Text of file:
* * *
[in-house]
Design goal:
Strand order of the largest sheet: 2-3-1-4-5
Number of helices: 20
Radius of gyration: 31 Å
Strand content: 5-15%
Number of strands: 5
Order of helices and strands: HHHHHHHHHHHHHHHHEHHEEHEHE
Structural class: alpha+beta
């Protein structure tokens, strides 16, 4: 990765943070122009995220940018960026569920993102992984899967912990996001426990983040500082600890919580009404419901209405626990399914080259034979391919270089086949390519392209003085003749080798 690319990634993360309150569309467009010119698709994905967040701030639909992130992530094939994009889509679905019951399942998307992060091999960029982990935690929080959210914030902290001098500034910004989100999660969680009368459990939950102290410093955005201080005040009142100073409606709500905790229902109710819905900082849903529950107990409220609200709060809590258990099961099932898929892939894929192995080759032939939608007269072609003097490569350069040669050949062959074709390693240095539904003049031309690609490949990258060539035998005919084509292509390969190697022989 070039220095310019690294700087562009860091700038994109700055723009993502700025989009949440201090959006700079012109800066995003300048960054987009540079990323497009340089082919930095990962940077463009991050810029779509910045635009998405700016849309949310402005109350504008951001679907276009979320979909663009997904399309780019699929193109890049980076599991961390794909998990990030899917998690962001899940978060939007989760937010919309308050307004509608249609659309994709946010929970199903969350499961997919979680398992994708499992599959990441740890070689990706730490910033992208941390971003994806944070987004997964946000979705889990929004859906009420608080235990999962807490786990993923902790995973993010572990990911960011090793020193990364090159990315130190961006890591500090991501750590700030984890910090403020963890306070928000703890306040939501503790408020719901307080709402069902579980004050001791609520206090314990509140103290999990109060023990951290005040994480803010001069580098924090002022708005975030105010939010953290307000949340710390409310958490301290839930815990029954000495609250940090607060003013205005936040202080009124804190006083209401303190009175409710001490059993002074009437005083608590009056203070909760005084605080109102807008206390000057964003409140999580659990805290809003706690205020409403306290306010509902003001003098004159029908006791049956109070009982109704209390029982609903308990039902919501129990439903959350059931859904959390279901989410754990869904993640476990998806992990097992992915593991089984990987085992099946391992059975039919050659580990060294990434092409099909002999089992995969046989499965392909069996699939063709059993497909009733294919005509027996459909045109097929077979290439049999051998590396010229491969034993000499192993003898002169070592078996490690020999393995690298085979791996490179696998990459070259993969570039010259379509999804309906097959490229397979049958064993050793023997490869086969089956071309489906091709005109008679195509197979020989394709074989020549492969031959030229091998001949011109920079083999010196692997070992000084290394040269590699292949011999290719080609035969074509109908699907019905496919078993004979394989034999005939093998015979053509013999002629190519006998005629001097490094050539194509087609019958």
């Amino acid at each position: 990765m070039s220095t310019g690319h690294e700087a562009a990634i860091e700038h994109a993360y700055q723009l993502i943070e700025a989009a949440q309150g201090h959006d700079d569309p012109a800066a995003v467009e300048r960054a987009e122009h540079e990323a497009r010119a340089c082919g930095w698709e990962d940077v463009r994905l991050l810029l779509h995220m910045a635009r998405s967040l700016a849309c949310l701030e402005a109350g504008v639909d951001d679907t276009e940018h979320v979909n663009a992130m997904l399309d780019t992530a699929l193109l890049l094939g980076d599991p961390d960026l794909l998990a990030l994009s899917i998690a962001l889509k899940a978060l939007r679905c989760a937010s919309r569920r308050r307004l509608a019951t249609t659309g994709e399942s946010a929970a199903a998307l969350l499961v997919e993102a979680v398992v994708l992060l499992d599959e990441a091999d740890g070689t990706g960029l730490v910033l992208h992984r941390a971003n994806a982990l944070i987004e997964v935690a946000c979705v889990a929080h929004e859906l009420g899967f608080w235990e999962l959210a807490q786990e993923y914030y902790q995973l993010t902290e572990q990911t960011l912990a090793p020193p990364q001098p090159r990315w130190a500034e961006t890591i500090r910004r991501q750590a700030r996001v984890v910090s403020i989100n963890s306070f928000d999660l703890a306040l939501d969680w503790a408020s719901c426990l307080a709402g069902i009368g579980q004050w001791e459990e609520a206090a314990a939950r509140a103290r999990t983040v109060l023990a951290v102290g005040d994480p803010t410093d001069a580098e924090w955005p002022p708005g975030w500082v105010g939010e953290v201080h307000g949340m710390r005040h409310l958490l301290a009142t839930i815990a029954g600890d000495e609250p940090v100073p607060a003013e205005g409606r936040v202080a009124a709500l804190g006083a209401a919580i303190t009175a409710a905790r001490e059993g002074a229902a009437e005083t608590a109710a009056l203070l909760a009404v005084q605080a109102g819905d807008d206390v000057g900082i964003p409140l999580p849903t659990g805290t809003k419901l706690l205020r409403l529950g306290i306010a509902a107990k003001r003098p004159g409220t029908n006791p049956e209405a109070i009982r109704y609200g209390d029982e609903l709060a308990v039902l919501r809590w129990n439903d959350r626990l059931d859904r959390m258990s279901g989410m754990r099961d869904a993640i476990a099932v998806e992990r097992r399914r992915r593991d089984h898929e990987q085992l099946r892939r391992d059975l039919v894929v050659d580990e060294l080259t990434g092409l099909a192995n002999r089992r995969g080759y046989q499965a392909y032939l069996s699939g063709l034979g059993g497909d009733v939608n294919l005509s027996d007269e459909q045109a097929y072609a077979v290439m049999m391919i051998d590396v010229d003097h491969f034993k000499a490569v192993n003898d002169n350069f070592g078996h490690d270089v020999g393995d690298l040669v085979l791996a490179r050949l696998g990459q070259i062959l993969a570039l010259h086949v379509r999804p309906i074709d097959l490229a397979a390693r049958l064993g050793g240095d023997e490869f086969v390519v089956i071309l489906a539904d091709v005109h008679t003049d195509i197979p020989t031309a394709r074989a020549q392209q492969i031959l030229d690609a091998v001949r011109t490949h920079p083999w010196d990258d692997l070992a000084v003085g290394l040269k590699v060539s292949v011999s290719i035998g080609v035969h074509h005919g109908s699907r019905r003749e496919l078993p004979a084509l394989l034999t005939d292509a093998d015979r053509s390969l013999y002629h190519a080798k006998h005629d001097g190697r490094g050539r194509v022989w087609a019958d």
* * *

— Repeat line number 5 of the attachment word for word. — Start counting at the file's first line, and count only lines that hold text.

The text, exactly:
Radius of gyration: 31 Å